Within moments of the conclusion of the Hawks’ Game 2 loss, Hawks PR was churning out excuses and essentially conceding the series.

The Cavaliers have suffered injuries as well, but I doubt Cavs PR would be packing it in two games into the series. HawksHoop editor Bo Churney referred to the Hawks’ effort in Game 2 as “laughable.” In the most important game of their careers, Al Horford was minus-27, Paul Millsap scored four points on eight shots and Jeff Teague was humiliated by Matthew Dellavedova. Continue Reading…

Atlanta Journal-Constitution Hawks beat writer Chris Vivlamore tweeted that starting shooting guard Kyle Korver will be out for the remainder of the season with a severely sprained ankle suffered in Friday’s Game 2 loss to the Cleveland Cavaliers at Philips Arena.

@CVivlamoreAJC: BREAKING: Kyle Korver is OUT for the remainder of the playoffs with ankle injury.

Vivalmore followed up that there is no word on who will start in Korver’s place in Game 3 in Cleveland on Sunday. The Hawks already lost Thabo Sefolosha for the season to a broken leg suffered during his arrest by NYPD. Kent Bazemore seems the most likely candidate to start in Korver’s place. Following is the text of an Atlanta Hawks press release:

Hawks guard/forward Kyle Korver suffered a right ankle injury with 1:01 remaining in the third quarter of last night’s game against the Cleveland Cavaliers. X-rays performed at Philips Arena last night were negative. A follow-up MRI and examination this morning at the Peachtree Orthopaedic Clinic confirmed a severe high right ankle sprain. Korver will see a foot and ankle specialist to determine the best course of treatment. He is out for the remainder of the postseason.

LeBron James dunked with 37 seconds remaining in the fourth quarter to end a 13-1 run that drew the Atlanta Hawks within 91-87. Kent Bazemore’s layup with under a minute to play kept it close before James scored then combined with Iman Shumpert to ice the game at the free throw line. The Cleveland Cavaliers won 97-89 at Phillips Arena to take Game 1 of the Eastern Conference Finals.

In worse news for the Hawks, DeMarre Carroll sprawled on the ground and writhed in agony after suffering what appeared to be a serious left knee injury with five minutes remaining in the fourth. Carroll had to be helped from the court as he was unable to put any weight on his left leg. His diagnosis will not be confirmed until he can get an MRI.

James finished with 30 points, eight rebounds, six assists and a steal and JR Smith added 28 points (including 8-for-12 shooting from 3-point range), eight rebounds, three assists and a block. Cleveland seized control of the game with a 22-4 run spanning the third and fourth quarters. Smith hit the second of consecutive 3-pointers with 2:30 to play in the third to put the Cavs in front 71-63, then opened the fourth with three more to put Cleveland ahead 85-67. He also assisted Tristan Thompson on an alley-oop during the run. Continue Reading…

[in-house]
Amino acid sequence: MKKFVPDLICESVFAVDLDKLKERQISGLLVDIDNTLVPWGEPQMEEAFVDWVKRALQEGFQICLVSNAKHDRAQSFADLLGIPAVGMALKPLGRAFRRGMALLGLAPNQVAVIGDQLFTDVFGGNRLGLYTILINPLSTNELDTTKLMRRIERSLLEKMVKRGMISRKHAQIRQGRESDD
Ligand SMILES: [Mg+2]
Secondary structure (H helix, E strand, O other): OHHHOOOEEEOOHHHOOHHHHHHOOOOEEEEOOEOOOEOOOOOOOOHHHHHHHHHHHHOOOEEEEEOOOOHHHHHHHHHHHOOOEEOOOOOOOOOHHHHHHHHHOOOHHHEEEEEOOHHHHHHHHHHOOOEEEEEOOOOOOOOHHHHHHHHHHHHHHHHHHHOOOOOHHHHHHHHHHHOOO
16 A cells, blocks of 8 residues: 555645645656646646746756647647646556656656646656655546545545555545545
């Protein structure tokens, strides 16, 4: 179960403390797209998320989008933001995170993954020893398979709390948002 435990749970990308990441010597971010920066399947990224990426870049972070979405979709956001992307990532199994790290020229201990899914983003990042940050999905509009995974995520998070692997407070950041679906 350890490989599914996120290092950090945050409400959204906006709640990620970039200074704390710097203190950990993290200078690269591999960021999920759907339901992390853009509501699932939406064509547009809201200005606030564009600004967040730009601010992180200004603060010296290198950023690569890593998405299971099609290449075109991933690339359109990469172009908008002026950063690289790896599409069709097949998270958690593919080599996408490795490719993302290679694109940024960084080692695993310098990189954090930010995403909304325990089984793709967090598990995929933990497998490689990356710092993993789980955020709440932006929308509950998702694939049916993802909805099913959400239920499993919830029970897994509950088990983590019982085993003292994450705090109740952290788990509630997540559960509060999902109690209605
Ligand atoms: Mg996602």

It’s no secret that the Atlanta Hawks have struggled shooting the ball in the post-season. Playoff teams generally rank above average defensively, and defenses are highly-motivated with the season on the line. But the Hawks’ shooting struggles can’t entirely be written off as the result of playoff defense. The Hawks are generating 20.6 wide-open shots (defined by as a shot taken with no defender within six feet), by far the most of any playoff team, but have seen a drop in shooting percentage even on these shots.

During the regular season, Atlanta shot 46.1% from the field and 39.4% from 3-point range on wide-open shots. In the playoffs, those numbers have dropped to 41.7% from the field and 37.3% from three. As a result, while the Hawks generated 23.7 points per game via wide-open shots during the regular season, Atlanta is generating only 22 points per game in the playoffs.

Atlanta has seen a decrease of only about 1% in wide-open shot opportunities in the post-season. Thus, even when you account for decreased opportunities, Atlanta is still leaving about a point and a half per game on the table on wide-open attempts. When you consider how many close games the Hawks have played in the post-season, losing close to a full basket on open shots is significant. Continue Reading…

Sometimes we, as fans, need to just sit back and enjoy what we’re watching. In today’s current age of basketball, we are obsessed with teams playing “the right way”, or the smart way. The basketball needs to be in its purest form with crisp passing, perfect rotations, and not a single iota of ugliness to be found. Well sometimes basketball ain’t pretty and that’s probably a nice way to describe the Hawks-Wizards series that just wrapped up.

Atlanta managed to pull out a huge victory over Washington in six dramatic games that involved everything we ask for out of a playoff series. It had story lines, game winners, players toughing it out through injuries, and all the trash talk we could ever hope for. The only problems is that it wasn’t always the prettiest basketball in the world.

Atlanta was an extremely enjoyable team for much of the regular season, and they were champions of exactly what everybody wants their basketball to be. Washington on the other hand was one of the more painful teams to watch. Their offense was composed of mid-range jumpshots and an outdated philosophy that left many modern NBA fans throwing their hands in the air. When the two teams met, the series felt like it had already been decided. Atlanta played “the right way” while Washington had only recently shown an acknowledgement of 21st century basketball with their sweep of the Toronto Raptors. However, due to a lackluster first round from Atlanta, and John Wall being one of best point guards in the NBA, there was reason to believe this might be closer than originally thought. Continue Reading…